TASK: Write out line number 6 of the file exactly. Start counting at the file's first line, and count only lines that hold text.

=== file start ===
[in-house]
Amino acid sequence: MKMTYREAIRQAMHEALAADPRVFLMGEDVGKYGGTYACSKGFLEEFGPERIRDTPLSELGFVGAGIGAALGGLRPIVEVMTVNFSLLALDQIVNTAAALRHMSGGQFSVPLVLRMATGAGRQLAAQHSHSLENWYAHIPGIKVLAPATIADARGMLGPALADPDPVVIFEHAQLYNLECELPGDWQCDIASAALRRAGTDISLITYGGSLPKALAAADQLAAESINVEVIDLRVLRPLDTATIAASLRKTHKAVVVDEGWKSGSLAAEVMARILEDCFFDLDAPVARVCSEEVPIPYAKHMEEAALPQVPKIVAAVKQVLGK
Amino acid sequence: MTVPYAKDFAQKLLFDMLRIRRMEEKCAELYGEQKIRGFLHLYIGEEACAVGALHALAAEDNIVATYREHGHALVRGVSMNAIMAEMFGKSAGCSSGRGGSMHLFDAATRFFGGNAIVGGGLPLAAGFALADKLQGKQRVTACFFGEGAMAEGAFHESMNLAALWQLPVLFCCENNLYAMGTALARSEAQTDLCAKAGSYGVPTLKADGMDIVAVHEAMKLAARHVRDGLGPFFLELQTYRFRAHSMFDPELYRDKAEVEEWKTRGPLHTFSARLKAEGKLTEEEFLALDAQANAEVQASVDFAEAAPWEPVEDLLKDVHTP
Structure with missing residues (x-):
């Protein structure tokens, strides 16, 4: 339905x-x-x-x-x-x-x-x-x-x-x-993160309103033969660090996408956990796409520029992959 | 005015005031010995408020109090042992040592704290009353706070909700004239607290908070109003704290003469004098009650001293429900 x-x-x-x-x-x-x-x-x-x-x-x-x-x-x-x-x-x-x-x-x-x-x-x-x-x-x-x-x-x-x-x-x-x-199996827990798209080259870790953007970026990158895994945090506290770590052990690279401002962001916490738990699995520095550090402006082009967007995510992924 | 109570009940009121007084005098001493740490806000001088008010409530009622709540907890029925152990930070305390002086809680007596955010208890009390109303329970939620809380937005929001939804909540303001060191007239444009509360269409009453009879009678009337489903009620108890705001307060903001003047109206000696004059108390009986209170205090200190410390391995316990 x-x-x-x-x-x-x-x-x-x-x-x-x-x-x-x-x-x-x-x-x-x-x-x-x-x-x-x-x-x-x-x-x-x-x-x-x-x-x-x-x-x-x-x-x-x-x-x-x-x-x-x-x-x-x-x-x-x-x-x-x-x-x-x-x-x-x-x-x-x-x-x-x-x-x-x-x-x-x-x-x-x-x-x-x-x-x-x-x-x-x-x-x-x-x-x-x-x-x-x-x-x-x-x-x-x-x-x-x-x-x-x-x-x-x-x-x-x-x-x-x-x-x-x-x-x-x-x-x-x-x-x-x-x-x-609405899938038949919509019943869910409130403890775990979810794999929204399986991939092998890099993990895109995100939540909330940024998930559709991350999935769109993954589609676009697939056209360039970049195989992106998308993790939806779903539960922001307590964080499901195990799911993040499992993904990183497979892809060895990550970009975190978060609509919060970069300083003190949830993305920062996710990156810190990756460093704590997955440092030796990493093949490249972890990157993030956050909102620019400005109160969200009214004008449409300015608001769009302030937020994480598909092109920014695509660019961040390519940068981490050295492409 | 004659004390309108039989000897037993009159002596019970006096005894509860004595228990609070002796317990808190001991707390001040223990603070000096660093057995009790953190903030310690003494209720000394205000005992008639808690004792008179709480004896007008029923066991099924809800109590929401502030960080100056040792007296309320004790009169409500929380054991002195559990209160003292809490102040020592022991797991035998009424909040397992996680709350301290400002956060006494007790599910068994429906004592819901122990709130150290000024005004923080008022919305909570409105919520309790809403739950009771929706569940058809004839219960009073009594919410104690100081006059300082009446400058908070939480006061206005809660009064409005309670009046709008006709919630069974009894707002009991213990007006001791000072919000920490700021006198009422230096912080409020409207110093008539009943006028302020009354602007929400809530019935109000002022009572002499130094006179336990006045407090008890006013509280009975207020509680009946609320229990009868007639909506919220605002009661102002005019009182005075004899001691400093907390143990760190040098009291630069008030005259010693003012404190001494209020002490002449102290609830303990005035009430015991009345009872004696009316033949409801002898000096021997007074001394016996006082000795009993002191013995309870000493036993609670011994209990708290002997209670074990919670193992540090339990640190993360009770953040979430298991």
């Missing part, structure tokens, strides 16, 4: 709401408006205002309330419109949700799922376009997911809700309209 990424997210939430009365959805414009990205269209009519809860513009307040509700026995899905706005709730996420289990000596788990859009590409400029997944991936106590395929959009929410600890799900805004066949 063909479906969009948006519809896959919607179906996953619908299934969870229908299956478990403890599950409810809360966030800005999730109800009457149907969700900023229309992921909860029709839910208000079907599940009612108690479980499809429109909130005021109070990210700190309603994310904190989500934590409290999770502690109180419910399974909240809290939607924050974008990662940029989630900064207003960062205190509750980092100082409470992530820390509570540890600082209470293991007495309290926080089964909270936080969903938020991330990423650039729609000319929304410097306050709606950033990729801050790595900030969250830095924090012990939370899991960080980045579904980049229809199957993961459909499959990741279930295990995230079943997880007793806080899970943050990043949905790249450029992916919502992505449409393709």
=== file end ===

């Missing part, structure tokens, strides 16, 4: 709401408006205002309330419109949700799922376009997911809700309209 990424997210939430009365959805414009990205269209009519809860513009307040509700026995899905706005709730996420289990000596788990859009590409400029997944991936106590395929959009929410600890799900805004066949 063909479906969009948006519809896959919607179906996953619908299934969870229908299956478990403890599950409810809360966030800005999730109800009457149907969700900023229309992921909860029709839910208000079907599940009612108690479980499809429109909130005021109070990210700190309603994310904190989500934590409290999770502690109180419910399974909240809290939607924050974008990662940029989630900064207003960062205190509750980092100082409470992530820390509570540890600082209470293991007495309290926080089964909270936080969903938020991330990423650039729609000319929304410097306050709606950033990729801050790595900030969250830095924090012990939370899991960080980045579904980049229809199957993961459909499959990741279930295990995230079943997880007793806080899970943050990043949905790249450029992916919502992505449409393709």